During the week of Monday, July 20th, GRTE hosted a series of lectures at the Colter Bay Visitor Center Auditorium. I attended three of these lectures. Monday evening I was kayaking down the Snake River so I missed the first one.
Tuesday, July 21st
"Inventions, Treasures, Indians, & Presidents: Washington's Civil War Era Patent Office Building"
Guest Lecture by Dr. Douglas Evelyn, HIstorian
The Patent Office was the original site of the "Home" Department, or all domestic aspects of government, including the Department of the Interior which oversees the National Park Service. The building was designed as an exhibition hall, and it is for this reason Dr. Evelyn argues that it survived threats to tear it down in the 1920's and again in the 1950's. A few illustrious employees of the Office included Clara Barton and Walt Whitman. The Patent Office was converted into a bunker for soldiers, warehouse for provisions, and host for "Sanitary Fairs held on the upper floors by prominent D.C. women during the Civil War. The building now houses the Smithsonian's American Portrait Gallery and the American Art Museum.
Wednesday, July 22nd
"Exploring the West"
Guest Lecture by Dr. Herman J. Viola, Curator at the Smithsonian's Museum of Natural History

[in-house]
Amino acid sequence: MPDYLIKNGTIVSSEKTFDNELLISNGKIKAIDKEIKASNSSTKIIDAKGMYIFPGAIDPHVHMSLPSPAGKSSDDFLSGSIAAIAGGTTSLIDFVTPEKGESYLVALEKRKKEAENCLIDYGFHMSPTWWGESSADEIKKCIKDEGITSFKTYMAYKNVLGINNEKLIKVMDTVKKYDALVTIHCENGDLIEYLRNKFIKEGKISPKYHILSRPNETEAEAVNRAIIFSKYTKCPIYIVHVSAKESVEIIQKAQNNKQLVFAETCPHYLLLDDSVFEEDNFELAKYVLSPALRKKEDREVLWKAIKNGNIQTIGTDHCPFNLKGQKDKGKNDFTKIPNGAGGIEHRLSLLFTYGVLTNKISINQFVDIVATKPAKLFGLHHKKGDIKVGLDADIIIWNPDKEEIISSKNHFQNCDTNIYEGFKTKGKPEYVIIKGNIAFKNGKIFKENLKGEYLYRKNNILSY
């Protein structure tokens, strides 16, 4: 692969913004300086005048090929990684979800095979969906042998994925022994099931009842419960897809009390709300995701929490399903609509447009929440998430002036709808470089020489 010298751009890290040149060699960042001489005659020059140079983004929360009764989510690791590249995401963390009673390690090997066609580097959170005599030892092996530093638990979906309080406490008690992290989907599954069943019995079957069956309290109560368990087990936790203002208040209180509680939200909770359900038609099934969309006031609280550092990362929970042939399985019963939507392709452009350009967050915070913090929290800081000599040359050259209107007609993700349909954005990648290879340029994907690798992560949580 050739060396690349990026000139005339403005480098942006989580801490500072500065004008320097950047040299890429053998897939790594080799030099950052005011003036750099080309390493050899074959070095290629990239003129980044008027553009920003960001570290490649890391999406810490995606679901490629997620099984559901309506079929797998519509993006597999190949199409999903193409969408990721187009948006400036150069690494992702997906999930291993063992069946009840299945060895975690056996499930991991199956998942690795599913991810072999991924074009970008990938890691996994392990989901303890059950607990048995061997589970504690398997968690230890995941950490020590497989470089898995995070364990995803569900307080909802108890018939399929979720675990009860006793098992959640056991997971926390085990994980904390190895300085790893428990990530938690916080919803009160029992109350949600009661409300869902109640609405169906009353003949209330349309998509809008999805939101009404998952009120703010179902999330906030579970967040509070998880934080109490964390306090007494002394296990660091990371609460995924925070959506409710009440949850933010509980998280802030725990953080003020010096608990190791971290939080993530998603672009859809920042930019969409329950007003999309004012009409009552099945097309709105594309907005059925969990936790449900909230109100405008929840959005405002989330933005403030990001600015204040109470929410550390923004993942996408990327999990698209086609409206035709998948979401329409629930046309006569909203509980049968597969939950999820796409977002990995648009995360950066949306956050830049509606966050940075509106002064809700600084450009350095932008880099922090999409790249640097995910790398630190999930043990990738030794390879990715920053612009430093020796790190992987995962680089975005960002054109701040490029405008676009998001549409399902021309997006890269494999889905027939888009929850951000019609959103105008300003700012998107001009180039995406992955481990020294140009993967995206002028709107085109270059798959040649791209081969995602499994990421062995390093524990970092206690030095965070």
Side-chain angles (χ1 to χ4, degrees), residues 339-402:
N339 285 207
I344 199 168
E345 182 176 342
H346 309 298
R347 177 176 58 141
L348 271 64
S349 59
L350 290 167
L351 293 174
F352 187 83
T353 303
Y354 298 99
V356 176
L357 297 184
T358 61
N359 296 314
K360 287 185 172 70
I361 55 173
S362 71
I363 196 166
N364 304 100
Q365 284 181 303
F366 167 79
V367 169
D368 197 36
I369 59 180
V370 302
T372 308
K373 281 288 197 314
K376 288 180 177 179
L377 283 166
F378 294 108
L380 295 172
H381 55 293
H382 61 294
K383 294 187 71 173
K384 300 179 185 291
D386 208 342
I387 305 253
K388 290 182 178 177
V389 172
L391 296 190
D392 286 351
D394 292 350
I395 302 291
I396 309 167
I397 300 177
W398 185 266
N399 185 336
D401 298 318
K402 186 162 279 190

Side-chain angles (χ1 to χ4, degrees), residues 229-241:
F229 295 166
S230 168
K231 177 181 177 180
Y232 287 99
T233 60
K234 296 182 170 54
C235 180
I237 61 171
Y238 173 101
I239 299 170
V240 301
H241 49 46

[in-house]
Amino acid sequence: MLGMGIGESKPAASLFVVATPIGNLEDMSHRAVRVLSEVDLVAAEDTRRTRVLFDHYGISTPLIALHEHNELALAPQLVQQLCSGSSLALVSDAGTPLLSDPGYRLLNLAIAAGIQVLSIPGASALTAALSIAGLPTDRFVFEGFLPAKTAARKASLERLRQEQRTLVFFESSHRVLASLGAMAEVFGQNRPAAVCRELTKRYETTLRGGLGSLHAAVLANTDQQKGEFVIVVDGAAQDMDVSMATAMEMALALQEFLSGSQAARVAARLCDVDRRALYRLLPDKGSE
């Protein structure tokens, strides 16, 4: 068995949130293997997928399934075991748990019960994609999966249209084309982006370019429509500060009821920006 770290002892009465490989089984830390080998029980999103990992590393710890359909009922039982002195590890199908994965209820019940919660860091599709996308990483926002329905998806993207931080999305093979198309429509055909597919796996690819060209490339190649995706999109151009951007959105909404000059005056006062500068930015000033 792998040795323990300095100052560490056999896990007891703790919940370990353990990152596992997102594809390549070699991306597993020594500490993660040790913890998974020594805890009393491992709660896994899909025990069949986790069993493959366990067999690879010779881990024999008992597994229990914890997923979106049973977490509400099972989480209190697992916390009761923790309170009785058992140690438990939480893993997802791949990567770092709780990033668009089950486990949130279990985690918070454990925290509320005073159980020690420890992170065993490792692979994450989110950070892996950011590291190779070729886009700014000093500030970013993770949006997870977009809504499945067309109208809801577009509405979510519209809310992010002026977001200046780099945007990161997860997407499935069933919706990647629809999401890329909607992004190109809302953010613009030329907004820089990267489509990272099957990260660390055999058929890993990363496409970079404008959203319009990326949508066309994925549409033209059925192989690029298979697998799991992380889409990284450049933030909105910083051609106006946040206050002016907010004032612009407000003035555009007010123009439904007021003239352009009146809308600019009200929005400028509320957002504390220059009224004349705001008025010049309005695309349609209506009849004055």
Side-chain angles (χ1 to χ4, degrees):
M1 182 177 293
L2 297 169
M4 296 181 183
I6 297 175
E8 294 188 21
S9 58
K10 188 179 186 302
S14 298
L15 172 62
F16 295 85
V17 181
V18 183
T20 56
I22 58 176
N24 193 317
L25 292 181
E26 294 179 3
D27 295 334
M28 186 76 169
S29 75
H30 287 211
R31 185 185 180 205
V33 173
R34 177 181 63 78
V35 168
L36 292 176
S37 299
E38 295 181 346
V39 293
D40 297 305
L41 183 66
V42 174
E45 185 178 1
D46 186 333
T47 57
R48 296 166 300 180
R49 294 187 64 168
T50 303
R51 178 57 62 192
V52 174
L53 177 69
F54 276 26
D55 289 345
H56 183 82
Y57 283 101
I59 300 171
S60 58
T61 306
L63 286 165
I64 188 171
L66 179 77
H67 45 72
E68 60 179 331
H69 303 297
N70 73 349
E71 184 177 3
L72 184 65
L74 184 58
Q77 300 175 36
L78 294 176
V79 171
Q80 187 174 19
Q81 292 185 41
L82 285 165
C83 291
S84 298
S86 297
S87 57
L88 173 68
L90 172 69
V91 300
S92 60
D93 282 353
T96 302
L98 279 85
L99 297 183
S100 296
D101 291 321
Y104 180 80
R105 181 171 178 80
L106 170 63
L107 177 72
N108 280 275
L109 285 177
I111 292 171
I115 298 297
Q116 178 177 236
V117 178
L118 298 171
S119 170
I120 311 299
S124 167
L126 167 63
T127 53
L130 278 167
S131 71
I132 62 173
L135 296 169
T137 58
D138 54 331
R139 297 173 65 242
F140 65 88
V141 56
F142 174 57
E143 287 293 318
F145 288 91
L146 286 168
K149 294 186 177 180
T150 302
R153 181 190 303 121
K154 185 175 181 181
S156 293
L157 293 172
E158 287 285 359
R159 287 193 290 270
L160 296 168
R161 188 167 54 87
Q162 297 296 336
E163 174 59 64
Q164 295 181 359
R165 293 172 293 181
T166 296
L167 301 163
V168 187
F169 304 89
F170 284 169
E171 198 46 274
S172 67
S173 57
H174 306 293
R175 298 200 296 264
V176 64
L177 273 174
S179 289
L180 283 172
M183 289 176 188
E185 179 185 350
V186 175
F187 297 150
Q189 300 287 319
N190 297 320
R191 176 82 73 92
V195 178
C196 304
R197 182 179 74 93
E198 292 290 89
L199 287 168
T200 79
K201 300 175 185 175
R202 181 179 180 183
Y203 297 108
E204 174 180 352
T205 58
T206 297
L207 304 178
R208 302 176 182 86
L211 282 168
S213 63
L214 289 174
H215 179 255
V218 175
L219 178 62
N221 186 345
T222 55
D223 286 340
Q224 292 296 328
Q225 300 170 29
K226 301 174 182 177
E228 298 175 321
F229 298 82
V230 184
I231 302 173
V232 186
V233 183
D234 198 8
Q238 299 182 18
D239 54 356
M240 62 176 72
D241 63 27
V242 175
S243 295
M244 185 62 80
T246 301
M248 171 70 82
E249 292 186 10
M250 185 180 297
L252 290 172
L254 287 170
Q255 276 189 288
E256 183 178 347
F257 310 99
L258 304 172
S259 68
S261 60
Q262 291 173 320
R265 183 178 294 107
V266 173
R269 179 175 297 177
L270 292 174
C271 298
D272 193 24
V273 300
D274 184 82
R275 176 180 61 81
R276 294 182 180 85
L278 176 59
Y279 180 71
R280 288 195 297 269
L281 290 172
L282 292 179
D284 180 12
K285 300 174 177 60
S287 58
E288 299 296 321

Dr. Viola applauds government employees for the exploration of the West. From soldiers, surveyors, scientists, and mapmakers, these expeditions paved the way for settlement and were among the first to interact with American Indians. I was shocked to learn that P.T. Barnum had purchased the Lewis & Clark Expedition materials from the Peale family at an auction. The Peale's in turn had received the collection from Thomas Jefferson. A fire consumed the collection in 1865 while under Barnum's ownership. A lesser known expedition was conducted by Charles Wilkes, a naval officer, whose priority was to chart the seas, creating independent records from Brittish rivals. The Wilkes expedition was the first time civilian scientists worked with a military expedition. Among them was James Dwight Dana, an early American Geologist, and Titian Ramsey, an artist, naturalist, and consequently the son of Charles Peale, who had been friends with Jefferson and entrusted with the Lewis * Clark Collection. The Wilkes Expedition influenced Herman Melville, who used the painted shape of an Antarctic snow drift as the basis for Moby Dick, "the great white whale." James Fennimore Cooper also wrote a book about the sea based on the expedition. Dr. Viola noted that Wilkes did not receive a commemorative USPS stamp until 1985, while Lewis & Clark received one in 1954 and John Charles Freemont, a Republican expansionist who opposed slavery, in 1890. Ferdinand Hayden, a geologist, is credited with early exploration of the Greater Yellostone area. Accompanying Hayden were two artists, William Henry Jackson, a photographer, and Thomas Moran, a painter. The art these two men produced was displayed in Congress and instrumental in establishing Yellowstone as America's first National Park.